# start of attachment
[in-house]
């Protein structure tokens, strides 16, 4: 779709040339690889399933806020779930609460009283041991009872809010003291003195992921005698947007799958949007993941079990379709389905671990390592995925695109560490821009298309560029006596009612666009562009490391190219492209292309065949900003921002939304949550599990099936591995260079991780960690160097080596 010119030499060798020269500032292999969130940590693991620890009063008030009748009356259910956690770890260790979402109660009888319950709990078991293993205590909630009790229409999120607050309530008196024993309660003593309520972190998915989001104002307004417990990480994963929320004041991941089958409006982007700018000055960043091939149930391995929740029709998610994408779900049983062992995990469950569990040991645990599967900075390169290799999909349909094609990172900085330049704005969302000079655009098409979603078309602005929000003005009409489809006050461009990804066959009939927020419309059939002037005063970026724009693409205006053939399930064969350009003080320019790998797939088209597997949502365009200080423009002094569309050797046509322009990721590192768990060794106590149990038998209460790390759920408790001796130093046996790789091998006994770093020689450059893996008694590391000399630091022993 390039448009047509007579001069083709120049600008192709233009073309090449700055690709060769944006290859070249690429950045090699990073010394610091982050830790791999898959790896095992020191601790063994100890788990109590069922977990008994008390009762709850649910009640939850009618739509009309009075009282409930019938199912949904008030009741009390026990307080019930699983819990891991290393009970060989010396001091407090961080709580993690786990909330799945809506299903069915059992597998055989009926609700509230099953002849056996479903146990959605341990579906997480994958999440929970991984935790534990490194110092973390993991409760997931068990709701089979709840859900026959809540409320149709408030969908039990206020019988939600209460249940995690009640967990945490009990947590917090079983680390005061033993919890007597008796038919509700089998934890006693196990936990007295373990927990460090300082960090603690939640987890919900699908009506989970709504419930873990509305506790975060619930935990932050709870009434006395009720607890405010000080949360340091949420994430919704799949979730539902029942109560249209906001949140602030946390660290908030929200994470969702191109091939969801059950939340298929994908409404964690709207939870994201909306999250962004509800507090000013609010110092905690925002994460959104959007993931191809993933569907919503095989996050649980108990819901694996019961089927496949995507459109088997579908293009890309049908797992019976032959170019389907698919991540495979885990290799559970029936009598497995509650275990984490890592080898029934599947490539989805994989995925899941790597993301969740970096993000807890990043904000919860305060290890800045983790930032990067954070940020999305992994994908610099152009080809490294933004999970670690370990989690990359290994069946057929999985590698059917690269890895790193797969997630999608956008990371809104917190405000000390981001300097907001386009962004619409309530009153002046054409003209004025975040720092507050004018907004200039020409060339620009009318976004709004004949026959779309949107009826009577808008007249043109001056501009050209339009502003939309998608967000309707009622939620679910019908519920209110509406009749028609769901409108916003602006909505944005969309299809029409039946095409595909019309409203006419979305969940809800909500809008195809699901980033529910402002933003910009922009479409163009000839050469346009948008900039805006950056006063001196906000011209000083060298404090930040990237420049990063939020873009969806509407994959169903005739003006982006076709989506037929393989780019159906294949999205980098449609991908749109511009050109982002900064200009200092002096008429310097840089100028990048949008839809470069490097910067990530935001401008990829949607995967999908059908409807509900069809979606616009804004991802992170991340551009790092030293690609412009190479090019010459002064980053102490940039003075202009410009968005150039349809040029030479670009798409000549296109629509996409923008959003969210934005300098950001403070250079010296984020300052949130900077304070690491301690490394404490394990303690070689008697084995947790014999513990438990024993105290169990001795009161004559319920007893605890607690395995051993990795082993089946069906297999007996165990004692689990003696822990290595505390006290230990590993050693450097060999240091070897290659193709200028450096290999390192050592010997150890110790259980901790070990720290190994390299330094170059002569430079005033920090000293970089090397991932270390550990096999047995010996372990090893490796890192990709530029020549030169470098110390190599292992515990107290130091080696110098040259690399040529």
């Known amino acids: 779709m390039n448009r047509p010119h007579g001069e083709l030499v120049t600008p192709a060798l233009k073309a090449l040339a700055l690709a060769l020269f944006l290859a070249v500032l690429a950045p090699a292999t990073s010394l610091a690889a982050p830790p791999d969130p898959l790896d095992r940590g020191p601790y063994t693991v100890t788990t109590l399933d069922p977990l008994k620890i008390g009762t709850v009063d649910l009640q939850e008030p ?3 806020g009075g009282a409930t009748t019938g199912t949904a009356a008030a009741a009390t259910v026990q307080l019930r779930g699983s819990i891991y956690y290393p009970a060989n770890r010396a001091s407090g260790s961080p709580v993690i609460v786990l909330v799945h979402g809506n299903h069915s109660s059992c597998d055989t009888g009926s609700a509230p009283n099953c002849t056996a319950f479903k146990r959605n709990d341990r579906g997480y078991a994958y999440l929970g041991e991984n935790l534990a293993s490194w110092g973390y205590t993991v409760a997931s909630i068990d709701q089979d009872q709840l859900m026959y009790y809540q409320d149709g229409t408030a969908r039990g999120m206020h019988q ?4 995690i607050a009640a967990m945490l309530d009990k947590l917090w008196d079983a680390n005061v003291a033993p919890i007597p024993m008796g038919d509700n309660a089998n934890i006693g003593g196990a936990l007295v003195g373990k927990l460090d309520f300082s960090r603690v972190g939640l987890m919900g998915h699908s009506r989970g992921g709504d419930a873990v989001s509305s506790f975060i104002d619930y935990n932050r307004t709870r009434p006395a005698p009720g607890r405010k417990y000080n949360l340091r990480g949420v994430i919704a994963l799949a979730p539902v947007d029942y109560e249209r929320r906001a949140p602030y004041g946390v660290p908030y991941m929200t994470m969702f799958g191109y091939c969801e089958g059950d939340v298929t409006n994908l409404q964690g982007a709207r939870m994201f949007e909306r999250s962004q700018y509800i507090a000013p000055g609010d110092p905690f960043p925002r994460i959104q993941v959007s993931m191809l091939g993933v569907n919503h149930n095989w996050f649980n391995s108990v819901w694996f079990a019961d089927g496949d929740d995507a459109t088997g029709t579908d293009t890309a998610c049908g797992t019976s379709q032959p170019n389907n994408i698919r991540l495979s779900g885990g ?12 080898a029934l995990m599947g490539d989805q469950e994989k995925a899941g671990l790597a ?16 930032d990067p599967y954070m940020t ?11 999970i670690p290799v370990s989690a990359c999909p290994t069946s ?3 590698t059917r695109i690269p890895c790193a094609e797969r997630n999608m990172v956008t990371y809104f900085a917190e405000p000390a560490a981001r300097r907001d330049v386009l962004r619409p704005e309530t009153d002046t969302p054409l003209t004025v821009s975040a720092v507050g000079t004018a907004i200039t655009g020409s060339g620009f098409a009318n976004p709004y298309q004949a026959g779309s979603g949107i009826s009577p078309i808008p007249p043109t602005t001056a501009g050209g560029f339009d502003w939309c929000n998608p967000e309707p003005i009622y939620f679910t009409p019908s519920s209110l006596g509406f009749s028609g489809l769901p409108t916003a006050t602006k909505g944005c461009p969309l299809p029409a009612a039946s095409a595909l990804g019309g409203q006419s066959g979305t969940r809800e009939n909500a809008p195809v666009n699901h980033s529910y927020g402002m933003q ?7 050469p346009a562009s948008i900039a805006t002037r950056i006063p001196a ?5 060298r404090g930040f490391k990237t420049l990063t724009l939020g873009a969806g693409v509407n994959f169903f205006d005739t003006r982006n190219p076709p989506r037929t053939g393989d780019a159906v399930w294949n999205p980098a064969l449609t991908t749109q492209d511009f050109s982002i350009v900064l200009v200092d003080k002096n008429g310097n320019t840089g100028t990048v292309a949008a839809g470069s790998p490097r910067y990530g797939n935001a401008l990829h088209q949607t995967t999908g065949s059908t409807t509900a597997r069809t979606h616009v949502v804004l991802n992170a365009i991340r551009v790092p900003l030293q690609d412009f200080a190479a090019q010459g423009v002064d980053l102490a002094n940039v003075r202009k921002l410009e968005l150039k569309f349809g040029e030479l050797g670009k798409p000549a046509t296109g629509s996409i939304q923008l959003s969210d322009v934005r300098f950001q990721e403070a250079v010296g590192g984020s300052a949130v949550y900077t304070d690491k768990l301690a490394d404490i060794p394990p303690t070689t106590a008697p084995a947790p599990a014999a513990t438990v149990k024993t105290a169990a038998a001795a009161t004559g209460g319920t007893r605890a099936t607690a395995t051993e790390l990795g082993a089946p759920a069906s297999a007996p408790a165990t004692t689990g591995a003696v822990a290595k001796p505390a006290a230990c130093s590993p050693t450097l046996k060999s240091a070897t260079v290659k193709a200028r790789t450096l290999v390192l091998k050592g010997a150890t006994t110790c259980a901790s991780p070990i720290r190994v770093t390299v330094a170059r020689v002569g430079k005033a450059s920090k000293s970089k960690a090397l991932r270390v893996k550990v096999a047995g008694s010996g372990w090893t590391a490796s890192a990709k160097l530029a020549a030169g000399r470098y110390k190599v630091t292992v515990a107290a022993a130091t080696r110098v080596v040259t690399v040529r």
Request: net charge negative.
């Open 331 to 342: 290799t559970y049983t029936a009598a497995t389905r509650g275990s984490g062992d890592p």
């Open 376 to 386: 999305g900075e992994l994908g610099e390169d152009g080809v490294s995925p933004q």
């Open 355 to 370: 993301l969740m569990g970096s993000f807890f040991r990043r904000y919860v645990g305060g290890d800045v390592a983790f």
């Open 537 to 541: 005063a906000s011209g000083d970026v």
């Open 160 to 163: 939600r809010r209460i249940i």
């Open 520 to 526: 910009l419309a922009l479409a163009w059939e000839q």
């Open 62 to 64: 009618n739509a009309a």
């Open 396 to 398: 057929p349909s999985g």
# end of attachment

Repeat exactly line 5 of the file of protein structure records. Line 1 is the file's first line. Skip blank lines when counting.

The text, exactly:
């Open 331 to 342: 290799t559970y049983t029936a009598a497995t389905r509650g275990s984490g062992d890592p």